The 4th Latin American Conference on Drug Policy took place in early December, gathering academics, NGOs and policy makers to discuss the latest policies and best practice from Latin America and beyond in the field of drug policy.  The conference aimed to reframe the drug policy reform debate as a social justice issue for all those caught up in the drug trade, from production to consumption.

The event was ideally located in Bogota, Colombia. Colombia has long been known for its prohibitive approach to drugs, under the influence of the United States. For the past year or so, however, Colombia has been at the forefront of drug policy reform debates, with President Santos calling for an end to the war on drugs, and for the holding of a United Nations General Assembly Special Session to review current strategies by 2016 alongside the governments of Mexico and Guatemala. The city of Bogota itself has witnessed some interesting developments this year, with the adoption of a drug policy based on public health rather than solely on harsh law enforcement, and in particular the establishment of CAMAD – mobile medical centres for people who use drugs.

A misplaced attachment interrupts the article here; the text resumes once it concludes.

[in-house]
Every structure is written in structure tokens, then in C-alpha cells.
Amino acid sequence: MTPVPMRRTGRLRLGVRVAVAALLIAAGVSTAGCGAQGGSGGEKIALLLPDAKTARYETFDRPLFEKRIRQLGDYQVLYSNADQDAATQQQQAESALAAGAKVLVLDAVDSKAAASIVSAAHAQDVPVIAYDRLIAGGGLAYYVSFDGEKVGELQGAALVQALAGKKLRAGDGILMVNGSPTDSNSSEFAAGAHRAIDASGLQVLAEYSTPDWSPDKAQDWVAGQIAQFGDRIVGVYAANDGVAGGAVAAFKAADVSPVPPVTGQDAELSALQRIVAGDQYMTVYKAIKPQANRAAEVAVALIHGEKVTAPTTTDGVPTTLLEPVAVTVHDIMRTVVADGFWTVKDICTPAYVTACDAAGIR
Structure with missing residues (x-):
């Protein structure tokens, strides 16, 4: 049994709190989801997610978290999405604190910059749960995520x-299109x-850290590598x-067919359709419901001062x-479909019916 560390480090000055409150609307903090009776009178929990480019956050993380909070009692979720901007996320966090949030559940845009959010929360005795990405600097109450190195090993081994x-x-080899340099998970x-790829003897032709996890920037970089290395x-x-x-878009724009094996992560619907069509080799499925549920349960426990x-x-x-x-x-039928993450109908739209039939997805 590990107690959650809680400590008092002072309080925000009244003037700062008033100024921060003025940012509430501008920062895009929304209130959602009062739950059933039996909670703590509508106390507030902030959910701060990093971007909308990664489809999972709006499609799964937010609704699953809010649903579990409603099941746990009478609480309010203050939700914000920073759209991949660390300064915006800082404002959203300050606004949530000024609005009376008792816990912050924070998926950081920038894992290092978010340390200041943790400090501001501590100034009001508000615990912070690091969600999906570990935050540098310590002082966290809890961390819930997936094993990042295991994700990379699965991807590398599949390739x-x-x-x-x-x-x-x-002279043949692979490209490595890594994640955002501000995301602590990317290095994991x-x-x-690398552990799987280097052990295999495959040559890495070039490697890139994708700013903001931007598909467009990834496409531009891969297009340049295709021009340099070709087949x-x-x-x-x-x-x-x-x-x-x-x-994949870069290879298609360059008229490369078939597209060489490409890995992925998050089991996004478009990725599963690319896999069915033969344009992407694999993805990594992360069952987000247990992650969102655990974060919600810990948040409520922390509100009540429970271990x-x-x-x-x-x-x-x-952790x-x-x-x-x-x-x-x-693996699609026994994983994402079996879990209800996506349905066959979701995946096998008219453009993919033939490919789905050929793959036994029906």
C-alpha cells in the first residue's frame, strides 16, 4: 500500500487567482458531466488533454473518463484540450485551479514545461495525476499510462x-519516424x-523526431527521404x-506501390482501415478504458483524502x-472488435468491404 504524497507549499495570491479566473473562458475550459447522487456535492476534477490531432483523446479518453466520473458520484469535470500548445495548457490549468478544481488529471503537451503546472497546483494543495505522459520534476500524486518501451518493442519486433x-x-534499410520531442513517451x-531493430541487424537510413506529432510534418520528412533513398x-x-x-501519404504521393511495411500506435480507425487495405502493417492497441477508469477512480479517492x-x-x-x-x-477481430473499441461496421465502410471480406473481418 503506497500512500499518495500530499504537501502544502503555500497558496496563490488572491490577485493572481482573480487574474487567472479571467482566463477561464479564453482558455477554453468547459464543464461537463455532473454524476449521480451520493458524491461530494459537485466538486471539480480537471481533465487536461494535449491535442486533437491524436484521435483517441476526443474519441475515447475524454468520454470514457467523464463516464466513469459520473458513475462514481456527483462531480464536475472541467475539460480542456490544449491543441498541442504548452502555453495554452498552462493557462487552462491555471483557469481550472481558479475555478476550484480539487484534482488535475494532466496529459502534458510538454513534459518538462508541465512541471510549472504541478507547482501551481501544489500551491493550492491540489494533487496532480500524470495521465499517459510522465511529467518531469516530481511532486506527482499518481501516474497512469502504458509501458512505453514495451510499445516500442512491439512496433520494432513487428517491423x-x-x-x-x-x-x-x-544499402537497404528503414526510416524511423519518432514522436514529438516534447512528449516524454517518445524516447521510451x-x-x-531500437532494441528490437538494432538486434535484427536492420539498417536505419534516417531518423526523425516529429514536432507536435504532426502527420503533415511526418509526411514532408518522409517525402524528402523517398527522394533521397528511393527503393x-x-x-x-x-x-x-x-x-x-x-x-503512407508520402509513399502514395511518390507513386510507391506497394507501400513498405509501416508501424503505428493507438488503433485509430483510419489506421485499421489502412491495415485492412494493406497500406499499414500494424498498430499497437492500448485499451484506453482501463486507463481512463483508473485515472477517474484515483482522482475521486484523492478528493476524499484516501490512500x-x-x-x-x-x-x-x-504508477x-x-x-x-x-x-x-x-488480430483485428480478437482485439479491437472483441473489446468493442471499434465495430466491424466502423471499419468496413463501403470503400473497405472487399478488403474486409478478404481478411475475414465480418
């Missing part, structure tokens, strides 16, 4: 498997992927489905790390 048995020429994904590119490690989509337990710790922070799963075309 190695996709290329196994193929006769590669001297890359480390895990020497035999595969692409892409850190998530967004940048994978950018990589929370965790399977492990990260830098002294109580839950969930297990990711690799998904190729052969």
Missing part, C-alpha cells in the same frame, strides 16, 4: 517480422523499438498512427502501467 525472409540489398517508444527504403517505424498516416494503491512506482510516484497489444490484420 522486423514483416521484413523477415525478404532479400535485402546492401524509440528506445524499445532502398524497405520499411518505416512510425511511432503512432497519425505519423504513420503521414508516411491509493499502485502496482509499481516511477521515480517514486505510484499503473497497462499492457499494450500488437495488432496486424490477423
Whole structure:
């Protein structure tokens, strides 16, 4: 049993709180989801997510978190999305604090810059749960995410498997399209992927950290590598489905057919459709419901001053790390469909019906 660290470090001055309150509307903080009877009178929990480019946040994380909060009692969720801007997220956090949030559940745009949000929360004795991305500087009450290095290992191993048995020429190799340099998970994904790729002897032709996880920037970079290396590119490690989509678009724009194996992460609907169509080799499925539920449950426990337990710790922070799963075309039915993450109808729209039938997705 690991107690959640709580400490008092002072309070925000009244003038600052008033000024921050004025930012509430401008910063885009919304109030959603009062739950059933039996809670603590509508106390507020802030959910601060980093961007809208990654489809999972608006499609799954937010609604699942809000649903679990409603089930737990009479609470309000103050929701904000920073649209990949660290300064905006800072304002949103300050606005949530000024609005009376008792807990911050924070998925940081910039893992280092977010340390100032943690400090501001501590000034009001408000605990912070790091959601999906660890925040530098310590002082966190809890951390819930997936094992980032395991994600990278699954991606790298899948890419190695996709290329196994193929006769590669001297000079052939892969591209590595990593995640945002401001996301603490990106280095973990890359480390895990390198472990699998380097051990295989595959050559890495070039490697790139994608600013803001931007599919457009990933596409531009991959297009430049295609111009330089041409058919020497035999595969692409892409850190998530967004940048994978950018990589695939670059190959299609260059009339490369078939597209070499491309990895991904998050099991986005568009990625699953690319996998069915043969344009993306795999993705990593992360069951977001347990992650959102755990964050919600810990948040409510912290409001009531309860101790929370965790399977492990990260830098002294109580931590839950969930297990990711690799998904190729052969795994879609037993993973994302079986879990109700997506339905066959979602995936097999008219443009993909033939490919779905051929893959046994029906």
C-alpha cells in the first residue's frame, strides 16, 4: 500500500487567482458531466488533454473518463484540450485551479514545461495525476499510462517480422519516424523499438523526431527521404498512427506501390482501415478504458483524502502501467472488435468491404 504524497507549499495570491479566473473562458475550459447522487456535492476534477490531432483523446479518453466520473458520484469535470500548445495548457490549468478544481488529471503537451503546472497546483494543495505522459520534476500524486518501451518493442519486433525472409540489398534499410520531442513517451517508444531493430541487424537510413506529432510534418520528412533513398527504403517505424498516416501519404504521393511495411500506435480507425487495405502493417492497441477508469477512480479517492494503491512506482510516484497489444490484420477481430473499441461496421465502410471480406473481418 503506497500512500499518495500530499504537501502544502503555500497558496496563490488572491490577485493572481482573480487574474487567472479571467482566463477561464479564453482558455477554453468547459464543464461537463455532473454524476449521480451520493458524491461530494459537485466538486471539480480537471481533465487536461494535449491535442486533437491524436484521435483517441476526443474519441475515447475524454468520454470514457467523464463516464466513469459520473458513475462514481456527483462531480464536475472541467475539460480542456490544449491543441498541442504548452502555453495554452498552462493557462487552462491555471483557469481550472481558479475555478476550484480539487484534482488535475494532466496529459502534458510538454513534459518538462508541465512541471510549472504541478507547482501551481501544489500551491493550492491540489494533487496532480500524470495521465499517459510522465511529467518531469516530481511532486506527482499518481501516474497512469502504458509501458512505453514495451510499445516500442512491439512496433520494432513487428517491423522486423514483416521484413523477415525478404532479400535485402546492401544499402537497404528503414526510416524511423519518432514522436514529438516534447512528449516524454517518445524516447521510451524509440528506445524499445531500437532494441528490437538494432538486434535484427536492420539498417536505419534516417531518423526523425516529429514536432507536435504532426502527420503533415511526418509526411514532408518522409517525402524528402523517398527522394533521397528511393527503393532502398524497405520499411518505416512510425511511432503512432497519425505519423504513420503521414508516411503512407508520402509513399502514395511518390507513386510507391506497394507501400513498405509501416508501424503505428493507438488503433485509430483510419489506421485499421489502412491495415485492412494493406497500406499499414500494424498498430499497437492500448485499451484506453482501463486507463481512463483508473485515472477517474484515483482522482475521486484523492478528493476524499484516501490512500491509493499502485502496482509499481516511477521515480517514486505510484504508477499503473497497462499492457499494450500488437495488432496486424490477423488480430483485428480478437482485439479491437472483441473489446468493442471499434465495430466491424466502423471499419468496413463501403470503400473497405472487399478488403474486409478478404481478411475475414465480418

The conference featured many interesting sessions and roundtables on issues related to public health, human rights, social inclusion, reducing violence, and options for drug policy reform, including legal regulation. The sessions focused both on reform movements in Latin America, and on best practice examples from other regions of the world that are relevant to the Latin American context. The legalisation of cannabis was a key topic, focusing on the new developments in the U.S. States of Washington and Colorado – where it will soon be possible to legally produce, sell and use the substance for recreational purposes – and on Uruguay’s proposal to create a regulated market for cannabis. For a full account of the conference’s sessions, please click here.

The conference was also an opportunity for the launch of important declarations:

Finally, for the first time, the conference included a side event on production issues, with the involvement of twenty coca farmers from across Colombia. The discussions focused on the failures of crop eradication campaigns implemented so far, as well as the limited effects of alternative development efforts, mainly because these strategies took little account of the local context and needs of subsistence farmers involved in coca production. Participants also discussed importance of producing, selling and using the coca leaf for cultural and traditional purposes.

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